Natural Burial Ground Bergerbos: An Alternative Place of Burial in the Netherlands
MIRJAM KLAASSENS, PETER GROOTE
Natural burial grounds represent an alternative to traditional cemeteries and are slowly being adopted in the Netherlands. In this paper we examined how the management of natural burial ground Bergerbos has interpreted and implemented this new type of burial space in the Netherlands by using four interlinked features proposed by Julie Rugg. Bergerbos argues to offer, besides environmentally friendly burials in woodland, complete freedom to arrange burials. In practice, however, strict regulations are implemented to retain the site’s natural character. Another purpose expressed by the management is the emotional investment into the deceased. Through regular meetings and Christmas celebrations a community of bereaved is created. Bergerbos serves besides the community, other parts of the Netherlands, Belgium and Germany as well. The most particular interpretation of natural burial grounds is woodland. In the Netherlands, the graves are located in mature woodland, whereas in Britain individual commemoration trees marking each grave will become woodland in due course. This different interpretation affects the site’s ability to protect the deceased individuality, whereas the grave markings at Bergerbos provide a context for pilgrimage for as long the burial rights exceed, in the UK individual memorial trees and grave identities become subsumed into a collective memorial landscape after time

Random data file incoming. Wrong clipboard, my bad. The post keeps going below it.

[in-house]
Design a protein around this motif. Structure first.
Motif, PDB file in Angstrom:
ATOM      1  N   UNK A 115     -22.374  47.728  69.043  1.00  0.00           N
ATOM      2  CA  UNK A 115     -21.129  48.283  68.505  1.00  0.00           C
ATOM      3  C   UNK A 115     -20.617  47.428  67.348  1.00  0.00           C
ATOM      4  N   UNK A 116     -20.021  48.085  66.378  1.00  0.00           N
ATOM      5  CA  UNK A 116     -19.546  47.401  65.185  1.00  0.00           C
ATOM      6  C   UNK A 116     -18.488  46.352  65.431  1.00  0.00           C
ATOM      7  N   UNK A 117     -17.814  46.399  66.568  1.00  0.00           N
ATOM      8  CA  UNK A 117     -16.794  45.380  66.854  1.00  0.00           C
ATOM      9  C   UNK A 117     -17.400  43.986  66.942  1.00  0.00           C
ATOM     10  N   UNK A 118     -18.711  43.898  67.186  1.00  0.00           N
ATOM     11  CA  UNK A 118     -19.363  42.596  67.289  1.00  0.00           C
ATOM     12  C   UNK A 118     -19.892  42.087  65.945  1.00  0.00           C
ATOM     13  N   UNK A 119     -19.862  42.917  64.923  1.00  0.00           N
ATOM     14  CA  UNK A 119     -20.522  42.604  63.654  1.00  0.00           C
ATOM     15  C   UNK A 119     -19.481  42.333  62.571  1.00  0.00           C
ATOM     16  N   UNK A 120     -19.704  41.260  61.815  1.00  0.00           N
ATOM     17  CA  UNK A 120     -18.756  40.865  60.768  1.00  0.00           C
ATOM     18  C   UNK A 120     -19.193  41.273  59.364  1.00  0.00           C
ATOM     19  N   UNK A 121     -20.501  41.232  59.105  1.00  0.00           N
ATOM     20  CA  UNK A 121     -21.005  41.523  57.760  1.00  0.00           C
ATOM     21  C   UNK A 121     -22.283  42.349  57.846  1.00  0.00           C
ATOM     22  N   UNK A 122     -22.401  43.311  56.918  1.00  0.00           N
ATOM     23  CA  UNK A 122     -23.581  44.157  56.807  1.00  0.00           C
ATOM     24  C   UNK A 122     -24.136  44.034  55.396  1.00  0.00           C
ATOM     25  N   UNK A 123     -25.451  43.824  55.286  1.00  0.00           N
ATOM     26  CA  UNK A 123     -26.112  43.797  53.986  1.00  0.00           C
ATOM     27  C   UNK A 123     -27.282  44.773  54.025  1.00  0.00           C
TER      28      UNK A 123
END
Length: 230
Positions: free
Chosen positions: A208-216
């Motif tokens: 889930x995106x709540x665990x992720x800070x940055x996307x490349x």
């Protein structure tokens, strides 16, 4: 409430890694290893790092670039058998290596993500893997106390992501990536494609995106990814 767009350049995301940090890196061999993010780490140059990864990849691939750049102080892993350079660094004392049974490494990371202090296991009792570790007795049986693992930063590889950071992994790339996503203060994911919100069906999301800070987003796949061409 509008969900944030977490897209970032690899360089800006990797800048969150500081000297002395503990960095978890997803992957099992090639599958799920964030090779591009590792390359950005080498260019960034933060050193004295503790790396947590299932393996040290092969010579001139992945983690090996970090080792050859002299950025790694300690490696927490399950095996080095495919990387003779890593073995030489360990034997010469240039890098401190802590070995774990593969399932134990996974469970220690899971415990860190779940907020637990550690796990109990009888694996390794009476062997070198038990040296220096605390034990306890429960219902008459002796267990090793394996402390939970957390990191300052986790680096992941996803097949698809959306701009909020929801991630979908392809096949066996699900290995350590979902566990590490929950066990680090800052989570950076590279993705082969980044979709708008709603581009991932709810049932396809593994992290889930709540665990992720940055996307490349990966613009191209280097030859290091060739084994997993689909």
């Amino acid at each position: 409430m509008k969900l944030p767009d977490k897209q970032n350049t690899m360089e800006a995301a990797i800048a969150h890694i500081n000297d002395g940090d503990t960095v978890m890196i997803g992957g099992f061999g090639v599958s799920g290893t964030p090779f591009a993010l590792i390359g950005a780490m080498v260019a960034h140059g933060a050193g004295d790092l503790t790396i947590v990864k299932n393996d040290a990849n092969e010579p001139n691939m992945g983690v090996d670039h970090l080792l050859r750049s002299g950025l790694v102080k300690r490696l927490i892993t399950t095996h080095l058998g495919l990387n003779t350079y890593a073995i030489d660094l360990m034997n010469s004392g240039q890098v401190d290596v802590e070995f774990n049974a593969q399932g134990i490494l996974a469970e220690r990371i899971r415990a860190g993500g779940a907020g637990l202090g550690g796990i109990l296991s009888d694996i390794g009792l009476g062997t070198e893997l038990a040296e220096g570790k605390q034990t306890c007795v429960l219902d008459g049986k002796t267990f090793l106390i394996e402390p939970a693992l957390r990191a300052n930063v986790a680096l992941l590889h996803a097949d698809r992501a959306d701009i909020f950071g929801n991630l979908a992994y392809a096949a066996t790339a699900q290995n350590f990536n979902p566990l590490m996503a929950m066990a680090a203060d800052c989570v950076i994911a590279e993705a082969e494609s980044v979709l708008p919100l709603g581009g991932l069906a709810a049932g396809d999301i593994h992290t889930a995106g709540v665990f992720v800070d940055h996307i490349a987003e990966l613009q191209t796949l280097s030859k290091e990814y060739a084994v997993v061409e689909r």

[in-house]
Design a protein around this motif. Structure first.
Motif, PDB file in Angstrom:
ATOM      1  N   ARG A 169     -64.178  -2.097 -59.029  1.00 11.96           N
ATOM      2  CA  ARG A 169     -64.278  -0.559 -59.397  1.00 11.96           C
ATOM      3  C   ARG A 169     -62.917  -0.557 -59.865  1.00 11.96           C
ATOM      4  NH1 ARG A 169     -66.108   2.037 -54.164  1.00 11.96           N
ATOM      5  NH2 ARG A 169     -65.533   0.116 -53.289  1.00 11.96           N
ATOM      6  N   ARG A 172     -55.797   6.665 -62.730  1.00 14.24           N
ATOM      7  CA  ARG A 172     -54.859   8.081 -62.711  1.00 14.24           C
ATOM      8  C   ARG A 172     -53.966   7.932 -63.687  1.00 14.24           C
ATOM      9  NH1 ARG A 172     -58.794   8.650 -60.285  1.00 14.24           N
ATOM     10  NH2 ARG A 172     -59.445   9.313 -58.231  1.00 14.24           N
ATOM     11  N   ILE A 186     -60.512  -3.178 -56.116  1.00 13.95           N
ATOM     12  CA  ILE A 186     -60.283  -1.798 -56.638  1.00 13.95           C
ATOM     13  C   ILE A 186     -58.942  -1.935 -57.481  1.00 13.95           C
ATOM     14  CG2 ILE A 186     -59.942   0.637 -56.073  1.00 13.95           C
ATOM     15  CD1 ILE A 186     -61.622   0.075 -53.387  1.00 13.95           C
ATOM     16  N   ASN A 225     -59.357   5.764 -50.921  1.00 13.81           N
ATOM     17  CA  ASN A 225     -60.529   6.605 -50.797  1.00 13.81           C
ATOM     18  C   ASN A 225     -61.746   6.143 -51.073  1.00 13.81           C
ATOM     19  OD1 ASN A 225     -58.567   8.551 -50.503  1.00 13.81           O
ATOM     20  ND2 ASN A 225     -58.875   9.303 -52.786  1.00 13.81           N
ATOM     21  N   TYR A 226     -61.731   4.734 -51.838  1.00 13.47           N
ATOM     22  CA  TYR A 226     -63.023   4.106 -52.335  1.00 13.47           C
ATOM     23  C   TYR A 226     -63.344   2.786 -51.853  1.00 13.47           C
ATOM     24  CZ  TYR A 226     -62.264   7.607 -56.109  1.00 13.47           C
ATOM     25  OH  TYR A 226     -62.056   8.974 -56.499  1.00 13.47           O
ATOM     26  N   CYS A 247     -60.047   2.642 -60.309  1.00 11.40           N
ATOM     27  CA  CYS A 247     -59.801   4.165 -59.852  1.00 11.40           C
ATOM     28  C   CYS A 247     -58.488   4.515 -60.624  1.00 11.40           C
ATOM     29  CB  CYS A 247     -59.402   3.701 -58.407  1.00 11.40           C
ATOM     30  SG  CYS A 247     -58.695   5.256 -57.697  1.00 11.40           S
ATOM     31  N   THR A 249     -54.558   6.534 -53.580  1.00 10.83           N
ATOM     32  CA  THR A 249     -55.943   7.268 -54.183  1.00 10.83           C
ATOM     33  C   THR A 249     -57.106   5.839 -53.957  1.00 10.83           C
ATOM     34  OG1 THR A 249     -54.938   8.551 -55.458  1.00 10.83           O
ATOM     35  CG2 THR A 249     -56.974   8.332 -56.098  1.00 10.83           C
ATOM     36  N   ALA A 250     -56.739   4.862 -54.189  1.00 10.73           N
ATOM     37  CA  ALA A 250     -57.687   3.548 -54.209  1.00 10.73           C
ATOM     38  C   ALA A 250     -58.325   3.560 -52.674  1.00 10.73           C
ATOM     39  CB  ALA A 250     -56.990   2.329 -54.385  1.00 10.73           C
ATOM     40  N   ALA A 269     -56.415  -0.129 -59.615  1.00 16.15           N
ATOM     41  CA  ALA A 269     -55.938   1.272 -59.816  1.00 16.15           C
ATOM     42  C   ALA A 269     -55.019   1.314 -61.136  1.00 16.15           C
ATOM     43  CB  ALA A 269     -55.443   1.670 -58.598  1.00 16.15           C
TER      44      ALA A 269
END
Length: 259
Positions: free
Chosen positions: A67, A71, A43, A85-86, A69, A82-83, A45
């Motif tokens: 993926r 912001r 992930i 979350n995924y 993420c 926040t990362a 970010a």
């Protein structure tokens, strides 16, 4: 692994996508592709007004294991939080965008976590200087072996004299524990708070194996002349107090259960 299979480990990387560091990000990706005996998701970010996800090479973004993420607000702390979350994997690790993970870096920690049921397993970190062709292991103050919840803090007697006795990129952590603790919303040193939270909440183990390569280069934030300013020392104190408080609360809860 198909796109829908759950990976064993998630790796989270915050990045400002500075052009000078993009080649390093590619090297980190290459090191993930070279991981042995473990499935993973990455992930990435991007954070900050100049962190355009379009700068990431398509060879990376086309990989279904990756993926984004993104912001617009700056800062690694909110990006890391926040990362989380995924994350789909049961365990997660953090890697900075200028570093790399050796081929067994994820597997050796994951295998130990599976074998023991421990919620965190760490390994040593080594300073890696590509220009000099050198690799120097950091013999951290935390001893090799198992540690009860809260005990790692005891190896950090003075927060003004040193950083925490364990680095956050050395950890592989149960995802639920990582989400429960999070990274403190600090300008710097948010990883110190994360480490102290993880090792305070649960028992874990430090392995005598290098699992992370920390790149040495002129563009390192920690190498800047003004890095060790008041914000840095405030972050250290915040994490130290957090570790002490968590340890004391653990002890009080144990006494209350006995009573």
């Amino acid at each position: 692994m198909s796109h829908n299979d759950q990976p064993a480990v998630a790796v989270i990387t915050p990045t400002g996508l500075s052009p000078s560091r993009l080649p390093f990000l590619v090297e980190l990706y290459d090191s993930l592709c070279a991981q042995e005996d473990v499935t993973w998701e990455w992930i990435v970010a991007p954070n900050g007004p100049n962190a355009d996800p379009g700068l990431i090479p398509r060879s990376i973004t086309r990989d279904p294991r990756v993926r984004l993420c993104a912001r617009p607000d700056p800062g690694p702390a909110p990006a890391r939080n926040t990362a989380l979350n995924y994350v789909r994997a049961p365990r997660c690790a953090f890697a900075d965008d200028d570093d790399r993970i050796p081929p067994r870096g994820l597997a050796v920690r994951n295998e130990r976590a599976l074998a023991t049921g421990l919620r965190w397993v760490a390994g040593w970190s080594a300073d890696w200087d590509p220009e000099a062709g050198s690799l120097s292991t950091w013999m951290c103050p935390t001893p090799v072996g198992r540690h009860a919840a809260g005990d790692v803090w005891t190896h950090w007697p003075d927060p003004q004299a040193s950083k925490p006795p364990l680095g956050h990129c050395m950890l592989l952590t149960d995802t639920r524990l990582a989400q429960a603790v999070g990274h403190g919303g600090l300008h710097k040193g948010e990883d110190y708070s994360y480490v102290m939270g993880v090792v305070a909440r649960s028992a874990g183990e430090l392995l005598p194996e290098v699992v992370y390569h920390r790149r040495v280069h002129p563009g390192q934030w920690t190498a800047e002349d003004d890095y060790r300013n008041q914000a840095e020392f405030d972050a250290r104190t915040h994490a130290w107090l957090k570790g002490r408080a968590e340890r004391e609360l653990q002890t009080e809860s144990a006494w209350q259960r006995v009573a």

natural burial ground, woodland, memorialisation, Bergerbos, the Netherlands.